SAIC #3 is a better candidate for a similarly situated employee, although he too falls short. With him, an investigation into very serious charged misconduct — child abuse, indecent exposure, pointing guns at subordinates — was carried out by then-Assistant Director of the Secret Service Eljay Bowron, who found the most serious charges to be groundless;*fn2 but his informal inquiries uncovered collateral complaints of mismanagement and communications problems. SAIC #3 was threatened with removal, but he retired before any action could be taken against him. Being removed is adverse action, so Grayson could argue that he was treated more poorly; and there is no evidence to support the Secret Service's claim that SAIC #3 was given Grayson's choice: that is, to quit or face disciplinary proceedings. However, the allegations about Grayson's performance were worse than those about SAIC #3's, including not only poor morale, miscommunications, and mismanagement, as with SAIC #3, but also embarrassing freeloading as well as intimidation and retaliation. Therefore. SAIC #3 was not in fact similarly situated. See Bush, 990 F.2d at 931 (less-than-exemplary employee must show that "equally bad" employees were treated more leniently).

Grayson urges that he was treated worse than SAIC #3 because he was the subject of a Management Review, while SAIC #3 was not. However, there is no reason to think that, in the circumstances, the different form of the investigation was a relevant difference or worse treatment. See O'Hare v. Illinois Dep't of Mental Health, 120 F. Supp.2d 704, 708 (N.D. Ill. 2000) (Investigations of African-American employee in connection with sexual assault and anonymous death threat were not "adverse employment actions."). As I said in O'Hara, the discrimination laws should not be interpreted to discourage employers from conducting proper and desirable inquiries. Id. Investigating an employee merely to harass him because of his race would be illegal, but harassment is not alleged here, and an employer need not institute a full-scale Management Review in every case, whether or not the facts call for it, to avoid a discrimination lawsuit.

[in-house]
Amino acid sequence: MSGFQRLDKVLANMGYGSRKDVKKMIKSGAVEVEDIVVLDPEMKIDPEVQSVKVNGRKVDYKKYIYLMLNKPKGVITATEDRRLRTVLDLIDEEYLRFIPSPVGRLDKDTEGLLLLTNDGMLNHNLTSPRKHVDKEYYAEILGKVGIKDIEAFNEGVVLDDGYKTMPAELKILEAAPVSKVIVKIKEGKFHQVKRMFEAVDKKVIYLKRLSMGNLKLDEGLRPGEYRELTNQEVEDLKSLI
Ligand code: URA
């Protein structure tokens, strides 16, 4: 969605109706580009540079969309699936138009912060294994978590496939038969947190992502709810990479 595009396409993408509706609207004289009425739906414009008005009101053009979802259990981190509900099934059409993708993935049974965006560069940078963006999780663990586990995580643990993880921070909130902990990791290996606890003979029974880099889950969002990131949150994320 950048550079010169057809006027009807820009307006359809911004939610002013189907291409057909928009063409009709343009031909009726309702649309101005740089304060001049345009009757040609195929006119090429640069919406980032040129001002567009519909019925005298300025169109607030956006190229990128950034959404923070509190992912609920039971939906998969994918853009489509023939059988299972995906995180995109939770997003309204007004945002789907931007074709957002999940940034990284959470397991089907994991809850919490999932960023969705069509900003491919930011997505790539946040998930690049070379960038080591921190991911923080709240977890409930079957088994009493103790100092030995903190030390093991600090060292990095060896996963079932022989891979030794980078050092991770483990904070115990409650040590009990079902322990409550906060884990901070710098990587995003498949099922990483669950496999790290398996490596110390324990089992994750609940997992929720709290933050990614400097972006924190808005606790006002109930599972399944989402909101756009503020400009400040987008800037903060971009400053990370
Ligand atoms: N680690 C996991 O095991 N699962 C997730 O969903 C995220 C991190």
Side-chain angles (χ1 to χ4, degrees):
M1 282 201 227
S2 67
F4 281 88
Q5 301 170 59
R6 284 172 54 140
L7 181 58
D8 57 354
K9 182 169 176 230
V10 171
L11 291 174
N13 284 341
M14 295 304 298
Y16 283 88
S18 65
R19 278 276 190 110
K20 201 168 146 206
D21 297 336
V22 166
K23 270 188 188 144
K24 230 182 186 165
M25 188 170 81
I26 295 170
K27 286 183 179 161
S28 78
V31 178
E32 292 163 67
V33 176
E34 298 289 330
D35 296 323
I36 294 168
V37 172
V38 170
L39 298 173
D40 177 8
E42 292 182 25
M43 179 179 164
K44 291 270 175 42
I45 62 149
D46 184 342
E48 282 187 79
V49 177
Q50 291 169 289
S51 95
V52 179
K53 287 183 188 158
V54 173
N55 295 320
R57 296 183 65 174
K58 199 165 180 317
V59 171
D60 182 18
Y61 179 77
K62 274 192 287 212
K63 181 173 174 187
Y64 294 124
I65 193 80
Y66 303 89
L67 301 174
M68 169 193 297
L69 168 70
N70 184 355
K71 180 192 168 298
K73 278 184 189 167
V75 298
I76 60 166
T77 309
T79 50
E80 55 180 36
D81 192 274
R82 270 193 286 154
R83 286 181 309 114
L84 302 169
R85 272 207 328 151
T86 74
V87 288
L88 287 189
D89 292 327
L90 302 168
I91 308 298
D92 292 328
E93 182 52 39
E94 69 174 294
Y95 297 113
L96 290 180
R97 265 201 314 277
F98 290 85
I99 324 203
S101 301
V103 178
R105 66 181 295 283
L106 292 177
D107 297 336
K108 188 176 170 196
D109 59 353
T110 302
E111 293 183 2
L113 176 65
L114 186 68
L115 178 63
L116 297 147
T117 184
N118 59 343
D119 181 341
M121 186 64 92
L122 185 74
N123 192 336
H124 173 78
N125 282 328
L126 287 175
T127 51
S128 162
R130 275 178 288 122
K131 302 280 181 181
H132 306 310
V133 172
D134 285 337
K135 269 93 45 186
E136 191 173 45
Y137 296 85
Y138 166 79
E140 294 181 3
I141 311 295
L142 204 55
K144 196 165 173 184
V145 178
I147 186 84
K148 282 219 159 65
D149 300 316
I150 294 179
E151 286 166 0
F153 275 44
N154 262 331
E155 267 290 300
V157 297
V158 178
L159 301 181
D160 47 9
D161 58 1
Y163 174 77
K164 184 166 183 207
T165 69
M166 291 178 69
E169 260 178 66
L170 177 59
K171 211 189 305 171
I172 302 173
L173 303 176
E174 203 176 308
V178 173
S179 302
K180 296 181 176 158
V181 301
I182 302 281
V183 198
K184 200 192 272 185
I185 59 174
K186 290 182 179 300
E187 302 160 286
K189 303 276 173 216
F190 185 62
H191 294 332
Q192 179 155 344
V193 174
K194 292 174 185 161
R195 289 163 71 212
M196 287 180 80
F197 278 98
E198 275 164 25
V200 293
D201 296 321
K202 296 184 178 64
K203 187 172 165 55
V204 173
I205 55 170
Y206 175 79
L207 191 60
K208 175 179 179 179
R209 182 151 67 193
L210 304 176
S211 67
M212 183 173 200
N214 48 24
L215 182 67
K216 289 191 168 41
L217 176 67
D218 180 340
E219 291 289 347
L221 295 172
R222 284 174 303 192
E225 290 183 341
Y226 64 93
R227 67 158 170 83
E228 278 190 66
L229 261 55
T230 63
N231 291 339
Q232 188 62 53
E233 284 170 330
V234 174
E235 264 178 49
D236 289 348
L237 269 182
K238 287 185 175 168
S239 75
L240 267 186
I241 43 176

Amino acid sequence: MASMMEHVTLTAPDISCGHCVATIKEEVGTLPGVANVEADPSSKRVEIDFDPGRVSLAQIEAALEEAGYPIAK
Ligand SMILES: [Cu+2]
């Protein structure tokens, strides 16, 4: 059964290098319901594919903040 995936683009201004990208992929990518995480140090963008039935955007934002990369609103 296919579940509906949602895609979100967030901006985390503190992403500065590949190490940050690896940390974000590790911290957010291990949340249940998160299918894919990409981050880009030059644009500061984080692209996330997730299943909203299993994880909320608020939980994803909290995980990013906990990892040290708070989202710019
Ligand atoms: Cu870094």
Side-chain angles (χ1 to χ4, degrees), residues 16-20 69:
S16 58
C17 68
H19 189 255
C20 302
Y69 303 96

As part of his evidence, Grayson also offers (1) the refusal to promote Isaiah Mapp, an African American; (2) affidavits from minority Secret Service agents in Moore, et al. v. Summers, No. 00-953 (D.D.C.), filed Aug. 15, 2000, reporting widespread discrimination, experienced and observed by others, and (3) the Department of Justice's own March 1996 Report by the Office of the Inspector General on "Allegation of Racial and Criminal Misconduct at the Good Ol' Boy Roundup" (the "OIG Report"). Evidence of generalized racism or even discrimination directed at others is not germane unless it has "some relationship with the employment decision in question." Venters v. City of Delphi, 123 F.3d 956, 973 (7th Cir. 1997). The evidence must "reflect a propensity by the decisionmaker to evaluate employees based on illegal criteria." Id. The Secret Service's choice of a white agent over Mapp does not itself show racism, and the affidavits in Moore are not tied to this employment decision in any clear way. But the OIG report is troubling. I became concerned that the record might include evidence that Eljay Bowron, Secret Service Director and the main relevant decisionmaker in this affair, condoned or failed to punish subordinates for participating in intolerable racist misconduct at the Roundups. Whether I analyze this as direct evidence of discrimination or indirect evidence of dissimilar treatment of similarly situated individuals, if Grayson had evidence of such lenience, that might provide sufficient basis for denial of summary judgment. I ordered supplemental briefing on the matter, and now conclude that the evidence in the record does not support the concern about Bowron.